In June of 2019, I began stitching my Heather rug pattern. This one appealed to me because of all of the flowers. I felt it would be a fun challenge to do. You will notice that I don't have the lines penciled in on this gauze. I decided that since I had now stitched a few rugs, I felt confident that I could count my stitches fairly well as long as I don't try to count too far from the last thing stitched.
I have found, after trial and error, that dark colors will show through light colors if they are stitched first. Therefore, with this rug, I stitched all of the pale cream first before I stitched the flowers and leaves of the border. It was a little harder to see where I was in the pattern at first, but I got used to it and was able to do it without too many mistakes.
Above is a photo of the border started.
Once I had the borders completed, I started on the flowers. There were many color changes when doing the flowers, so I often stitched for a while with one color then switched to another when I had to count too far. This way I didn't have too many errors. Occasionally, I had to fix an error, but not often. I had many needles on the go so that I could pick up one when I needed it.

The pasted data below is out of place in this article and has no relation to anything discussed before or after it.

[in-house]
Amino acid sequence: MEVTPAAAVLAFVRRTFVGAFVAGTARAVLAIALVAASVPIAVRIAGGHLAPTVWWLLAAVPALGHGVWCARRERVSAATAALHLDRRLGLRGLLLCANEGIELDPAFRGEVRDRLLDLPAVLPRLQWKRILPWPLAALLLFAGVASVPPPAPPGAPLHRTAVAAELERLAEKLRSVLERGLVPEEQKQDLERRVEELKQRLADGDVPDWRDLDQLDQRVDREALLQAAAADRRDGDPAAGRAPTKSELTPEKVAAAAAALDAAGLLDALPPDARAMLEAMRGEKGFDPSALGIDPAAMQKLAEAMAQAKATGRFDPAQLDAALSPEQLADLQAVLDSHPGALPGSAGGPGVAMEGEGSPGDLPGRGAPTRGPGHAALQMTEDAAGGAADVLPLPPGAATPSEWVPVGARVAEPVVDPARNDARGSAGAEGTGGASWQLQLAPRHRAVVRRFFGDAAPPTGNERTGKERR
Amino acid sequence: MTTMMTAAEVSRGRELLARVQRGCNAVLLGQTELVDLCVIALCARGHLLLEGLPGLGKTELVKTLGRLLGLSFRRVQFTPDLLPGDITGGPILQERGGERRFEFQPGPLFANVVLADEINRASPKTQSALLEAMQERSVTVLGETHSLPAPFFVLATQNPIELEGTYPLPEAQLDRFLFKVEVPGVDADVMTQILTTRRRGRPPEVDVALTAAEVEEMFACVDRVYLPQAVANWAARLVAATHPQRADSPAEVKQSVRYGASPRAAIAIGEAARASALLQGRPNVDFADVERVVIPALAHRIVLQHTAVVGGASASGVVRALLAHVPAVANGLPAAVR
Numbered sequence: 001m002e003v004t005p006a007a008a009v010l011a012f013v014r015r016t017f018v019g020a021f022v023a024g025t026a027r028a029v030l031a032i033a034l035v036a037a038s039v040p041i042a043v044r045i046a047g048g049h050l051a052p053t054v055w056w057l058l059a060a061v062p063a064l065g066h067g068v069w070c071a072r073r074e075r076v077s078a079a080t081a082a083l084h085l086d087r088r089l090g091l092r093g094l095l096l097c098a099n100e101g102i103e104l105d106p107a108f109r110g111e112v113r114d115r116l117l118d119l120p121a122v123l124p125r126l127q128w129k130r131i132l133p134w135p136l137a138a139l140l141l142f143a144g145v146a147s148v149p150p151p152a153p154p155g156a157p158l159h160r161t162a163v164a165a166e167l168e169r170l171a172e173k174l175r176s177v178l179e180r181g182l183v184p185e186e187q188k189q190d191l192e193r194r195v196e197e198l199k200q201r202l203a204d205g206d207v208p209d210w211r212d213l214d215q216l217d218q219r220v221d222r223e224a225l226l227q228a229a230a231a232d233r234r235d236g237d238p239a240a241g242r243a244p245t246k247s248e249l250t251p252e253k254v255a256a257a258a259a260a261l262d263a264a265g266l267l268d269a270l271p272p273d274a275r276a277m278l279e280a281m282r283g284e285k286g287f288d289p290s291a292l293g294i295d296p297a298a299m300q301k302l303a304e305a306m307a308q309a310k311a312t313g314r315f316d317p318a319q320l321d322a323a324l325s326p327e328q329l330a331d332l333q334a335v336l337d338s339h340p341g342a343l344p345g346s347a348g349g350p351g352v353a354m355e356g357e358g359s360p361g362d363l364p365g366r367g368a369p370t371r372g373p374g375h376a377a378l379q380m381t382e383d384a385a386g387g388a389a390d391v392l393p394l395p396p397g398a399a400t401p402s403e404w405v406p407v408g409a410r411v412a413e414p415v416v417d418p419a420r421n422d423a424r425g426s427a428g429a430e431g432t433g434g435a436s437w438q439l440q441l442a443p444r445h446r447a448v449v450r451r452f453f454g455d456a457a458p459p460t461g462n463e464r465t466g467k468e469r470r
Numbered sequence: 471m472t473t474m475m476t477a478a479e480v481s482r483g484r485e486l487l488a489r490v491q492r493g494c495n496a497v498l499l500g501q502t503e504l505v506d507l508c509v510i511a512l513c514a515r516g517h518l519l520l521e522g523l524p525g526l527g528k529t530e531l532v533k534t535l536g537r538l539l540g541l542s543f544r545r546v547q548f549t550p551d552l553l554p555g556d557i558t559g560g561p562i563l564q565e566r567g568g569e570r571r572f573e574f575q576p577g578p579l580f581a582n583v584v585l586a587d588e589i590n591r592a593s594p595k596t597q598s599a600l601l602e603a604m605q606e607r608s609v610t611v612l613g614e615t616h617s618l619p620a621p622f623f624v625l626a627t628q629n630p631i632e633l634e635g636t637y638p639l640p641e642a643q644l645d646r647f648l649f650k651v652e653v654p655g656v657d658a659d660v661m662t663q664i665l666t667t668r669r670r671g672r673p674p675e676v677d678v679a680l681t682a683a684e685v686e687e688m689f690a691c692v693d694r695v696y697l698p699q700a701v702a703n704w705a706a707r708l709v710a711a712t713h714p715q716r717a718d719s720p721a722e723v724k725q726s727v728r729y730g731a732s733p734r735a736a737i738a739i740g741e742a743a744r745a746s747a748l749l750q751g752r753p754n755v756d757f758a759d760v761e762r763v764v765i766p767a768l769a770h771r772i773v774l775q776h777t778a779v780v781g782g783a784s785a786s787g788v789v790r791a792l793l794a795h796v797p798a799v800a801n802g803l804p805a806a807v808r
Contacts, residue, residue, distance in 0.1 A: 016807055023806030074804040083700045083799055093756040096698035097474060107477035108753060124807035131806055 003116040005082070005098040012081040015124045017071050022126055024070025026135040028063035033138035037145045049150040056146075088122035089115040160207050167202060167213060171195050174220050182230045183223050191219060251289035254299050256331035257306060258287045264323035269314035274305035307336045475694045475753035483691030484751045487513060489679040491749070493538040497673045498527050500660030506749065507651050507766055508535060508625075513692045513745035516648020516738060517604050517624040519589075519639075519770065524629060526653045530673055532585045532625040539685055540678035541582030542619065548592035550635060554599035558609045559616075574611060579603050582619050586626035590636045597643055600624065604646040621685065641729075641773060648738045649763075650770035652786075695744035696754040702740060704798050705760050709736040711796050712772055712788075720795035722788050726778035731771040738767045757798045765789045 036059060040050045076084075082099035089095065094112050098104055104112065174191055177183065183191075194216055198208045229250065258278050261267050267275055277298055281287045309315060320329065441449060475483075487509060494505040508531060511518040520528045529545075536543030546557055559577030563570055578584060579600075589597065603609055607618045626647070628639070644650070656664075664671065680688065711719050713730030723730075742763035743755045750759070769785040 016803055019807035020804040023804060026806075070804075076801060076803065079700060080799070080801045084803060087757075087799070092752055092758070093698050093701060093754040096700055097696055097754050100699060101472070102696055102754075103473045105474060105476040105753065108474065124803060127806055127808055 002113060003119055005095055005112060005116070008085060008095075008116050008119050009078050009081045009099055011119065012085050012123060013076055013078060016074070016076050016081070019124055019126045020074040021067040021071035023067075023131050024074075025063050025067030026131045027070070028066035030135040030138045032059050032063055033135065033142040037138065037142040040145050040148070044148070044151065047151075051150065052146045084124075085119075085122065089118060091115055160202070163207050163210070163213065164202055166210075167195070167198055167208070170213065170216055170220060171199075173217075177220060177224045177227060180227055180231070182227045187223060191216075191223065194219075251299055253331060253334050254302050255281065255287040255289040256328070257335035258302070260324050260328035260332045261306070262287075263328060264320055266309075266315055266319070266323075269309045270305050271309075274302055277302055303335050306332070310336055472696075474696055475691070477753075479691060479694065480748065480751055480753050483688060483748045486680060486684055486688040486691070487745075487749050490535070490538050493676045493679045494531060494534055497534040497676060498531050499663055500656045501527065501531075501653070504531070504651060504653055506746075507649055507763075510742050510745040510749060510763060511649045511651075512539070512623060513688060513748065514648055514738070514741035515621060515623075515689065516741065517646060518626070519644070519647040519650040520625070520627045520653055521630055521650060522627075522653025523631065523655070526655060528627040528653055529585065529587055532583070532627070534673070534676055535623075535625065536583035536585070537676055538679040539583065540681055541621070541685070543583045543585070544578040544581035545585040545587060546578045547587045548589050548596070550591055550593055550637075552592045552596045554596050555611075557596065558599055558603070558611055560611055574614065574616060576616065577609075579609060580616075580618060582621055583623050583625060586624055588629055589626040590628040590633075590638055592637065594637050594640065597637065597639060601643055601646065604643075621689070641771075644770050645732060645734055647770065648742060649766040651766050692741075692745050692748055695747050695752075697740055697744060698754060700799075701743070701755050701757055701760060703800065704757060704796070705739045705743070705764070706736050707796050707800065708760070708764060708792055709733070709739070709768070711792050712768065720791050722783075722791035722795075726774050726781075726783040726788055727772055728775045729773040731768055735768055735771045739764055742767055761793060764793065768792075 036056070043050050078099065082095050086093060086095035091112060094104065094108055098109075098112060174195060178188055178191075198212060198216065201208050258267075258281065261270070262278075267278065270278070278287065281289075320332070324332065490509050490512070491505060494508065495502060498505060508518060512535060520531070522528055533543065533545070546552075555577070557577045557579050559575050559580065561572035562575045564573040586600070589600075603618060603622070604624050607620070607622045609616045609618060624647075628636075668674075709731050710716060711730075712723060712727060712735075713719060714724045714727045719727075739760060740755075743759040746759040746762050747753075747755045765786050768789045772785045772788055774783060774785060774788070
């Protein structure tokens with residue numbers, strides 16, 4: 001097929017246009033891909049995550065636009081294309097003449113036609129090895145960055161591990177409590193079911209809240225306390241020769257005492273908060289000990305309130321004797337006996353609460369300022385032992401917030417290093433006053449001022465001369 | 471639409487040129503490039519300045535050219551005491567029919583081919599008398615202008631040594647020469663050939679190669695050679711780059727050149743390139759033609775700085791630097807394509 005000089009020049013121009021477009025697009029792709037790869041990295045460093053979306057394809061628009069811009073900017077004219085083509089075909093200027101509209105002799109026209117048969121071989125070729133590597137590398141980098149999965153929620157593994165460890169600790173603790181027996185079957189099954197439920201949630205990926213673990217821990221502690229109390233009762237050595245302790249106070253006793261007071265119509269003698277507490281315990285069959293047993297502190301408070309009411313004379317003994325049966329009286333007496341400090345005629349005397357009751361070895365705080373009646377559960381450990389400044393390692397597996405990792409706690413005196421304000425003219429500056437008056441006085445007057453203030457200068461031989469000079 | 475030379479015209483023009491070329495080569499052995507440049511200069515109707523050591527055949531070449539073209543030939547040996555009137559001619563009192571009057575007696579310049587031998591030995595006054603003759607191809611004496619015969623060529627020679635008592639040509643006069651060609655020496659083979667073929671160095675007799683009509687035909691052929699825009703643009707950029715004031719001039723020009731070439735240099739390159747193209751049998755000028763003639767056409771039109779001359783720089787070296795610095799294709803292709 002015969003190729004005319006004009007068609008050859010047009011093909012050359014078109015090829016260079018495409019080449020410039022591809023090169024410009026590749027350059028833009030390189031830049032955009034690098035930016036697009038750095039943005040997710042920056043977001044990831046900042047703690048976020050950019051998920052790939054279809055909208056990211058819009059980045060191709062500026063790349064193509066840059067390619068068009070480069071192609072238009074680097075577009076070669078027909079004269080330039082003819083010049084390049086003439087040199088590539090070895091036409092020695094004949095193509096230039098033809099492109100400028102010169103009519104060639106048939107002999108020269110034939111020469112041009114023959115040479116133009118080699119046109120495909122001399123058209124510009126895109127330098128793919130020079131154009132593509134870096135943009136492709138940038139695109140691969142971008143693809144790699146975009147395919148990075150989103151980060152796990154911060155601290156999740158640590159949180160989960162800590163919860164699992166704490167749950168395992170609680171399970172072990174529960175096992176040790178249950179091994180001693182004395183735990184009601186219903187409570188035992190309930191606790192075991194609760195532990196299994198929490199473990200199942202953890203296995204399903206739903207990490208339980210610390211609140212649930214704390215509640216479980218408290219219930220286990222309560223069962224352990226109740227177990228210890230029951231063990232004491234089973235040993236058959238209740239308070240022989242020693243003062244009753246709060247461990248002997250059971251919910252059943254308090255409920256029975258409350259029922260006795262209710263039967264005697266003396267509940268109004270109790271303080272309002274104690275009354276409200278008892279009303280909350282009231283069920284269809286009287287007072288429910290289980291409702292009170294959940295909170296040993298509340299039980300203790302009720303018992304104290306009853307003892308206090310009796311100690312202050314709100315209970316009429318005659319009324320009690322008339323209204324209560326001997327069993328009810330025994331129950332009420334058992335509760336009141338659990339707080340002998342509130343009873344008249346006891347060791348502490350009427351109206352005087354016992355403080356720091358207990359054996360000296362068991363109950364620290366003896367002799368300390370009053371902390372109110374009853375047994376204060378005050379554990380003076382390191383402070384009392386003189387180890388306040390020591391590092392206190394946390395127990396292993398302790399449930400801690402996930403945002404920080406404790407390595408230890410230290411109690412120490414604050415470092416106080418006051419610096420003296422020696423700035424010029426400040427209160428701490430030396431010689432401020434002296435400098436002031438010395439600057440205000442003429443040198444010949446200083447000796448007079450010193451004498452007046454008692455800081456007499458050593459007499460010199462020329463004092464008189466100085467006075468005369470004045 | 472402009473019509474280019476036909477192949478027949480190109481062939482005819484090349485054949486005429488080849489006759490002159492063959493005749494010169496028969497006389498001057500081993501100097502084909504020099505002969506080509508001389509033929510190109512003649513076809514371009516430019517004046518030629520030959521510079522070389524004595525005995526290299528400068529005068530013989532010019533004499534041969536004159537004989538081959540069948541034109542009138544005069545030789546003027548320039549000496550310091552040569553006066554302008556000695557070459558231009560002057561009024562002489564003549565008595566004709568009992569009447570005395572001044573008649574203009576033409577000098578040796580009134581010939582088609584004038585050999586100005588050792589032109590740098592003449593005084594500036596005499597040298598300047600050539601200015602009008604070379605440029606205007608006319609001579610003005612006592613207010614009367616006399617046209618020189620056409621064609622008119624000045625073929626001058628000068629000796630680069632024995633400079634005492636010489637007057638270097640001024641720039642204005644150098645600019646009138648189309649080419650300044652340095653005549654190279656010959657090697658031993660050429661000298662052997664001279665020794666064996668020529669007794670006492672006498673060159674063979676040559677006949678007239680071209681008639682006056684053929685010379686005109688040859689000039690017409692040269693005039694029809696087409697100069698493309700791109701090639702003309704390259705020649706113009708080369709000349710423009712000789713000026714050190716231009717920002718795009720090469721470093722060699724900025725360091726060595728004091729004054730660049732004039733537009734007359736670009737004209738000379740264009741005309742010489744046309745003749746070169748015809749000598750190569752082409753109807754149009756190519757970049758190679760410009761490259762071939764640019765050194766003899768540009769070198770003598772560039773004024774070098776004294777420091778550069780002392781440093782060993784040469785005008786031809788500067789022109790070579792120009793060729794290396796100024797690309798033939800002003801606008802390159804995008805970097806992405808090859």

In order to keep things interesting, I worked on the background a bit as well. This way I could see how the pattern was progressing. I chose to use an overdyed floss for my background as I wanted to see how it would look with an "abrash" effect. Unfortunately, the effect doesn't show up much in the picture but looks great in real-life. (Abrash coloration in rugs (pronounced ‘uh-brash’) is the differing color patterns, colorations, and various shades or hues within a rug. It is one of the most common and typical characteristics of a genuine oriental rug, and especially among older or 'nomadic' handmade rugs.) For examples of the "abrash" effect, you can see them here: nazmiyalantiquerugs.com/blog/oriental-rugs-with-abrash-color-variations/
I took this rug on holiday with me and my nieces and nephew had a great time watching me stitch this!
My name is Yvette, and I will be writing this blog to tell you about the creative process that has gone into the creation of my Petitpoint patterns along with showing the stitching I have done of some of the rugs.
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